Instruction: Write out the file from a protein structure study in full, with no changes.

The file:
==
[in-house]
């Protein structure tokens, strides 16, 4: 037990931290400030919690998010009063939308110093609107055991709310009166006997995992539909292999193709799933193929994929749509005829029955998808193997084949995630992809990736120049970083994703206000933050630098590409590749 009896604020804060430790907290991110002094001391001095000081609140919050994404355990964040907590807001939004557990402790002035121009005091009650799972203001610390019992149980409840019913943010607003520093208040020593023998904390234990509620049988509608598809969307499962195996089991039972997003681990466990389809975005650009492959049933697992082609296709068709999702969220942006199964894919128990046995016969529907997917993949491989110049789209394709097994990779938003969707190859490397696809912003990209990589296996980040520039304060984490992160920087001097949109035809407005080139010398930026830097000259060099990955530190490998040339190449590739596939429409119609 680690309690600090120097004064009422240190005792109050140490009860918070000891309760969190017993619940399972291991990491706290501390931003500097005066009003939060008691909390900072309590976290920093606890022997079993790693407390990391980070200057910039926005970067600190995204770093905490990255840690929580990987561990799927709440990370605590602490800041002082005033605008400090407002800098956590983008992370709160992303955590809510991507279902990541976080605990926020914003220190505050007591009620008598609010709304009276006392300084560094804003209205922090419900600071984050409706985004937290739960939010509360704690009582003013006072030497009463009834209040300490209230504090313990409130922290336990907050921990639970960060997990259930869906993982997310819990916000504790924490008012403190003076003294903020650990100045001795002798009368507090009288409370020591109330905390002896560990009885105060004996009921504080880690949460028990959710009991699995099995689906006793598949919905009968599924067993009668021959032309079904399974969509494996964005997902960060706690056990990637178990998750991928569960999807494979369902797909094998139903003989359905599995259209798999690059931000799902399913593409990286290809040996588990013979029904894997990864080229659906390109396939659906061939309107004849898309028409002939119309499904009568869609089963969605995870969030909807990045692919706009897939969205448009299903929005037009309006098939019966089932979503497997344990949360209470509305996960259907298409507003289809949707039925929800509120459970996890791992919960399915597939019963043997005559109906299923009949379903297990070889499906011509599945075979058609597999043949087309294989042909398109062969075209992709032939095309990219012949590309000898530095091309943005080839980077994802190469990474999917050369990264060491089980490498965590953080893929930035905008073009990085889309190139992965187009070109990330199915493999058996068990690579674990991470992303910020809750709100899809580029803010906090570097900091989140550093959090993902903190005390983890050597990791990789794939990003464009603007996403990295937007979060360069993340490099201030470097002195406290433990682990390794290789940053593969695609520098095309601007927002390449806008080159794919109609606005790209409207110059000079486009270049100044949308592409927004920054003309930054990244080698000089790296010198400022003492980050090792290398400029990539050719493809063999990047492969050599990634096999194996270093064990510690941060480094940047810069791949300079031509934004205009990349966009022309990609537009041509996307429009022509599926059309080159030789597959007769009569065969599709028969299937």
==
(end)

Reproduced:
[in-house]
């Protein structure tokens, strides 16, 4: 037990931290400030919690998010009063939308110093609107055991709310009166006997995992539909292999193709799933193929994929749509005829029955998808193997084949995630992809990736120049970083994703206000933050630098590409590749 009896604020804060430790907290991110002094001391001095000081609140919050994404355990964040907590807001939004557990402790002035121009005091009650799972203001610390019992149980409840019913943010607003520093208040020593023998904390234990509620049988509608598809969307499962195996089991039972997003681990466990389809975005650009492959049933697992082609296709068709999702969220942006199964894919128990046995016969529907997917993949491989110049789209394709097994990779938003969707190859490397696809912003990209990589296996980040520039304060984490992160920087001097949109035809407005080139010398930026830097000259060099990955530190490998040339190449590739596939429409119609 680690309690600090120097004064009422240190005792109050140490009860918070000891309760969190017993619940399972291991990491706290501390931003500097005066009003939060008691909390900072309590976290920093606890022997079993790693407390990391980070200057910039926005970067600190995204770093905490990255840690929580990987561990799927709440990370605590602490800041002082005033605008400090407002800098956590983008992370709160992303955590809510991507279902990541976080605990926020914003220190505050007591009620008598609010709304009276006392300084560094804003209205922090419900600071984050409706985004937290739960939010509360704690009582003013006072030497009463009834209040300490209230504090313990409130922290336990907050921990639970960060997990259930869906993982997310819990916000504790924490008012403190003076003294903020650990100045001795002798009368507090009288409370020591109330905390002896560990009885105060004996009921504080880690949460028990959710009991699995099995689906006793598949919905009968599924067993009668021959032309079904399974969509494996964005997902960060706690056990990637178990998750991928569960999807494979369902797909094998139903003989359905599995259209798999690059931000799902399913593409990286290809040996588990013979029904894997990864080229659906390109396939659906061939309107004849898309028409002939119309499904009568869609089963969605995870969030909807990045692919706009897939969205448009299903929005037009309006098939019966089932979503497997344990949360209470509305996960259907298409507003289809949707039925929800509120459970996890791992919960399915597939019963043997005559109906299923009949379903297990070889499906011509599945075979058609597999043949087309294989042909398109062969075209992709032939095309990219012949590309000898530095091309943005080839980077994802190469990474999917050369990264060491089980490498965590953080893929930035905008073009990085889309190139992965187009070109990330199915493999058996068990690579674990991470992303910020809750709100899809580029803010906090570097900091989140550093959090993902903190005390983890050597990791990789794939990003464009603007996403990295937007979060360069993340490099201030470097002195406290433990682990390794290789940053593969695609520098095309601007927002390449806008080159794919109609606005790209409207110059000079486009270049100044949308592409927004920054003309930054990244080698000089790296010198400022003492980050090792290398400029990539050719493809063999990047492969050599990634096999194996270093064990510690941060480094940047810069791949300079031509934004205009990349966009022309990609537009041509996307429009022509599926059309080159030789597959007769009569065969599709028969299937």